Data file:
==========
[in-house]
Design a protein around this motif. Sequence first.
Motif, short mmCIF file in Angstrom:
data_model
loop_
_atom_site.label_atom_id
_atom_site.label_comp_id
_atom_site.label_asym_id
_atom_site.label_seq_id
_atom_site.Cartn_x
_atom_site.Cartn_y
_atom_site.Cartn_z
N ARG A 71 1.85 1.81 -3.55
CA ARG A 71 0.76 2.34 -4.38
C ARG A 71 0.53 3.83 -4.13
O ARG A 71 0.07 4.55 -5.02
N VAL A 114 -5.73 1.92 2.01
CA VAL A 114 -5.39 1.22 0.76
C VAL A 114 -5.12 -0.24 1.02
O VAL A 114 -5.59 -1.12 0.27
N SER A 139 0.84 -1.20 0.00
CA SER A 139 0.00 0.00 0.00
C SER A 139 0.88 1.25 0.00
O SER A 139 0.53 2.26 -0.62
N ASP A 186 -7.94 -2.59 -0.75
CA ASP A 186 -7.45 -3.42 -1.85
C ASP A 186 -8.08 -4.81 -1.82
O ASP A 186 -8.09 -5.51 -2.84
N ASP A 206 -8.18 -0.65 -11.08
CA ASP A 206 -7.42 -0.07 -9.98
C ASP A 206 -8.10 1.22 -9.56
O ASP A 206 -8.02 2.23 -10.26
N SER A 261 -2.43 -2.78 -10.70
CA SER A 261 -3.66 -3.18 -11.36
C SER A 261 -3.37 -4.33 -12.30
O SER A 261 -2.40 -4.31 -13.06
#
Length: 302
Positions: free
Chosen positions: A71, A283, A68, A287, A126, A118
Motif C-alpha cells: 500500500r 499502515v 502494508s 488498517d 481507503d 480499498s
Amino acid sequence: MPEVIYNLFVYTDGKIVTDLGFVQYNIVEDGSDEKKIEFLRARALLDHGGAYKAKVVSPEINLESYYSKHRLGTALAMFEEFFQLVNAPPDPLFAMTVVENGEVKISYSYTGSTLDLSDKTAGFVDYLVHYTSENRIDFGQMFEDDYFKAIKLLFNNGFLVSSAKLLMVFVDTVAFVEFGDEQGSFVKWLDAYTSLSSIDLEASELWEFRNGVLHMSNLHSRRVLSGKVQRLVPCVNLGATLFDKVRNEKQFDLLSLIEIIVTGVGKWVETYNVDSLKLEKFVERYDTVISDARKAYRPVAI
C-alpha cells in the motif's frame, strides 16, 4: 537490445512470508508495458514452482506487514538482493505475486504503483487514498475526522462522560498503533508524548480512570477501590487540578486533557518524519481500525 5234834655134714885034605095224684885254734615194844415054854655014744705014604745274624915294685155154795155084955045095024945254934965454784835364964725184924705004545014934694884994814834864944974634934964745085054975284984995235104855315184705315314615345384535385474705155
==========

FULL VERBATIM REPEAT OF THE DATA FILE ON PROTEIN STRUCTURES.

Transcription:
[in-house]
Design a protein around this motif. Sequence first.
Motif, short mmCIF file in Angstrom:
data_model
loop_
_atom_site.label_atom_id
_atom_site.label_comp_id
_atom_site.label_asym_id
_atom_site.label_seq_id
_atom_site.Cartn_x
_atom_site.Cartn_y
_atom_site.Cartn_z
N ARG A 71 1.85 1.81 -3.55
CA ARG A 71 0.76 2.34 -4.38
C ARG A 71 0.53 3.83 -4.13
O ARG A 71 0.07 4.55 -5.02
N VAL A 114 -5.73 1.92 2.01
CA VAL A 114 -5.39 1.22 0.76
C VAL A 114 -5.12 -0.24 1.02
O VAL A 114 -5.59 -1.12 0.27
N SER A 139 0.84 -1.20 0.00
CA SER A 139 0.00 0.00 0.00
C SER A 139 0.88 1.25 0.00
O SER A 139 0.53 2.26 -0.62
N ASP A 186 -7.94 -2.59 -0.75
CA ASP A 186 -7.45 -3.42 -1.85
C ASP A 186 -8.08 -4.81 -1.82
O ASP A 186 -8.09 -5.51 -2.84
N ASP A 206 -8.18 -0.65 -11.08
CA ASP A 206 -7.42 -0.07 -9.98
C ASP A 206 -8.10 1.22 -9.56
O ASP A 206 -8.02 2.23 -10.26
N SER A 261 -2.43 -2.78 -10.70
CA SER A 261 -3.66 -3.18 -11.36
C SER A 261 -3.37 -4.33 -12.30
O SER A 261 -2.40 -4.31 -13.06
#
Length: 302
Positions: free
Chosen positions: A71, A283, A68, A287, A126, A118
Motif C-alpha cells: 500500500r 499502515v 502494508s 488498517d 481507503d 480499498s
Amino acid sequence: MPEVIYNLFVYTDGKIVTDLGFVQYNIVEDGSDEKKIEFLRARALLDHGGAYKAKVVSPEINLESYYSKHRLGTALAMFEEFFQLVNAPPDPLFAMTVVENGEVKISYSYTGSTLDLSDKTAGFVDYLVHYTSENRIDFGQMFEDDYFKAIKLLFNNGFLVSSAKLLMVFVDTVAFVEFGDEQGSFVKWLDAYTSLSSIDLEASELWEFRNGVLHMSNLHSRRVLSGKVQRLVPCVNLGATLFDKVRNEKQFDLLSLIEIIVTGVGKWVETYNVDSLKLEKFVERYDTVISDARKAYRPVAI
C-alpha cells in the motif's frame, strides 16, 4: 537490445512470508508495458514452482506487514538482493505475486504503483487514498475526522462522560498503533508524548480512570477501590487540578486533557518524519481500525 5234834655134714885034605095224684885254734615194844415054854655014744705014604745274624915294685155154795155084955045095024945254934965454784835364964725184924705004545014934694884994814834864944974634934964745085054975284984995235104855315184705315314615345384535385474705155